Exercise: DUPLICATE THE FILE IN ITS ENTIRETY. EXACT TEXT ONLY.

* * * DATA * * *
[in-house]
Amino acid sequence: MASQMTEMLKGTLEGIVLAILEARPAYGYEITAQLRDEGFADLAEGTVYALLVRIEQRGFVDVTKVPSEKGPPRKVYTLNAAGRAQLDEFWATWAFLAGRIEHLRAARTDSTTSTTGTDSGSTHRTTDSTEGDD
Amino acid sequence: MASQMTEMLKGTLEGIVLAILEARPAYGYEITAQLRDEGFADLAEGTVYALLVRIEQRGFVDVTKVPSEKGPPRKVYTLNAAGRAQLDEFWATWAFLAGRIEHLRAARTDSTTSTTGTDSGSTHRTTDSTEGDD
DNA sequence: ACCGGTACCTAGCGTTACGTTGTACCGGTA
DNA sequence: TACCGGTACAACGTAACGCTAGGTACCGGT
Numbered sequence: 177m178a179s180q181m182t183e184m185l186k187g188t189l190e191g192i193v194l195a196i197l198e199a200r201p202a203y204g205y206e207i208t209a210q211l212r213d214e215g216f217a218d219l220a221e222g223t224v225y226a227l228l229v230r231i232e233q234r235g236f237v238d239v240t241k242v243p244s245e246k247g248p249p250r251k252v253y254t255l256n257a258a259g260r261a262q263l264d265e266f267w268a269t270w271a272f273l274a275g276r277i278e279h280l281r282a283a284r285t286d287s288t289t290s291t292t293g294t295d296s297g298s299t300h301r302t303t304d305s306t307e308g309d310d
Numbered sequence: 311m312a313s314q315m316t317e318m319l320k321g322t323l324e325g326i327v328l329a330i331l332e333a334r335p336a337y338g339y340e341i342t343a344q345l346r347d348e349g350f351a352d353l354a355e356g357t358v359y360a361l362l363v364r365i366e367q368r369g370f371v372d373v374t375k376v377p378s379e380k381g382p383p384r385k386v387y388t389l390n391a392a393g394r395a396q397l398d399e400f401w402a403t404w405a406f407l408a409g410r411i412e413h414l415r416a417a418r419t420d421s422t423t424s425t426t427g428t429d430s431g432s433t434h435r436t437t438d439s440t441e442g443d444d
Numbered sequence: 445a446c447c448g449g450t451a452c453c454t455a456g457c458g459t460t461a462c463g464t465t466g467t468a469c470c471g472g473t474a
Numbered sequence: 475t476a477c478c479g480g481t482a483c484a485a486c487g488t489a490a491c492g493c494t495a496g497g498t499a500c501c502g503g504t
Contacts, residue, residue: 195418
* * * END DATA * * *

[in-house]
Amino acid sequence: MASQMTEMLKGTLEGIVLAILEARPAYGYEITAQLRDEGFADLAEGTVYALLVRIEQRGFVDVTKVPSEKGPPRKVYTLNAAGRAQLDEFWATWAFLAGRIEHLRAARTDSTTSTTGTDSGSTHRTTDSTEGDD
Amino acid sequence: MASQMTEMLKGTLEGIVLAILEARPAYGYEITAQLRDEGFADLAEGTVYALLVRIEQRGFVDVTKVPSEKGPPRKVYTLNAAGRAQLDEFWATWAFLAGRIEHLRAARTDSTTSTTGTDSGSTHRTTDSTEGDD
DNA sequence: ACCGGTACCTAGCGTTACGTTGTACCGGTA
DNA sequence: TACCGGTACAACGTAACGCTAGGTACCGGT
Numbered sequence: 177m178a179s180q181m182t183e184m185l186k187g188t189l190e191g192i193v194l195a196i197l198e199a200r201p202a203y204g205y206e207i208t209a210q211l212r213d214e215g216f217a218d219l220a221e222g223t224v225y226a227l228l229v230r231i232e233q234r235g236f237v238d239v240t241k242v243p244s245e246k247g248p249p250r251k252v253y254t255l256n257a258a259g260r261a262q263l264d265e266f267w268a269t270w271a272f273l274a275g276r277i278e279h280l281r282a283a284r285t286d287s288t289t290s291t292t293g294t295d296s297g298s299t300h301r302t303t304d305s306t307e308g309d310d
Numbered sequence: 311m312a313s314q315m316t317e318m319l320k321g322t323l324e325g326i327v328l329a330i331l332e333a334r335p336a337y338g339y340e341i342t343a344q345l346r347d348e349g350f351a352d353l354a355e356g357t358v359y360a361l362l363v364r365i366e367q368r369g370f371v372d373v374t375k376v377p378s379e380k381g382p383p384r385k386v387y388t389l390n391a392a393g394r395a396q397l398d399e400f401w402a403t404w405a406f407l408a409g410r411i412e413h414l415r416a417a418r419t420d421s422t423t424s425t426t427g428t429d430s431g432s433t434h435r436t437t438d439s440t441e442g443d444d
Numbered sequence: 445a446c447c448g449g450t451a452c453c454t455a456g457c458g459t460t461a462c463g464t465t466g467t468a469c470c471g472g473t474a
Numbered sequence: 475t476a477c478c479g480g481t482a483c484a485a486c487g488t489a490a491c492g493c494t495a496g497g498t499a500c501c502g503g504t
Contacts, residue, residue: 195418